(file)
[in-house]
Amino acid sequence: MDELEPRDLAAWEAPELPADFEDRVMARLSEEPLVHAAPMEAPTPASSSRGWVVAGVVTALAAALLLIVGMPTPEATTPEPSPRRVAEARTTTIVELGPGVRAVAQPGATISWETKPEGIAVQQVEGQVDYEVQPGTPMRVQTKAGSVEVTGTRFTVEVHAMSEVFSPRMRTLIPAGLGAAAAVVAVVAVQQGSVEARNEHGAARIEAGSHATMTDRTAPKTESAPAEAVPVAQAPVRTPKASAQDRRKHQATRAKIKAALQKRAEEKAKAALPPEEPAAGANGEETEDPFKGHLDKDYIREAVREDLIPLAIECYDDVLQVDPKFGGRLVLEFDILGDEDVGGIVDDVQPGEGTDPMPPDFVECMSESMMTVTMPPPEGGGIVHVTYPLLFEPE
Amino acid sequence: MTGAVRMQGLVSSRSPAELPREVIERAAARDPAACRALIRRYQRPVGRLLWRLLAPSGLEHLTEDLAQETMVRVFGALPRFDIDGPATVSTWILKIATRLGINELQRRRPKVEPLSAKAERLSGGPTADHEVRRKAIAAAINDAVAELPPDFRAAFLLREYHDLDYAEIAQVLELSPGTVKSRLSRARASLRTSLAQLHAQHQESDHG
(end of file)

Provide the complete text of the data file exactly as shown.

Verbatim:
[in-house]
Amino acid sequence: MDELEPRDLAAWEAPELPADFEDRVMARLSEEPLVHAAPMEAPTPASSSRGWVVAGVVTALAAALLLIVGMPTPEATTPEPSPRRVAEARTTTIVELGPGVRAVAQPGATISWETKPEGIAVQQVEGQVDYEVQPGTPMRVQTKAGSVEVTGTRFTVEVHAMSEVFSPRMRTLIPAGLGAAAAVVAVVAVQQGSVEARNEHGAARIEAGSHATMTDRTAPKTESAPAEAVPVAQAPVRTPKASAQDRRKHQATRAKIKAALQKRAEEKAKAALPPEEPAAGANGEETEDPFKGHLDKDYIREAVREDLIPLAIECYDDVLQVDPKFGGRLVLEFDILGDEDVGGIVDDVQPGEGTDPMPPDFVECMSESMMTVTMPPPEGGGIVHVTYPLLFEPE
Amino acid sequence: MTGAVRMQGLVSSRSPAELPREVIERAAARDPAACRALIRRYQRPVGRLLWRLLAPSGLEHLTEDLAQETMVRVFGALPRFDIDGPATVSTWILKIATRLGINELQRRRPKVEPLSAKAERLSGGPTADHEVRRKAIAAAINDAVAELPPDFRAAFLLREYHDLDYAEIAQVLELSPGTVKSRLSRARASLRTSLAQLHAQHQESDHG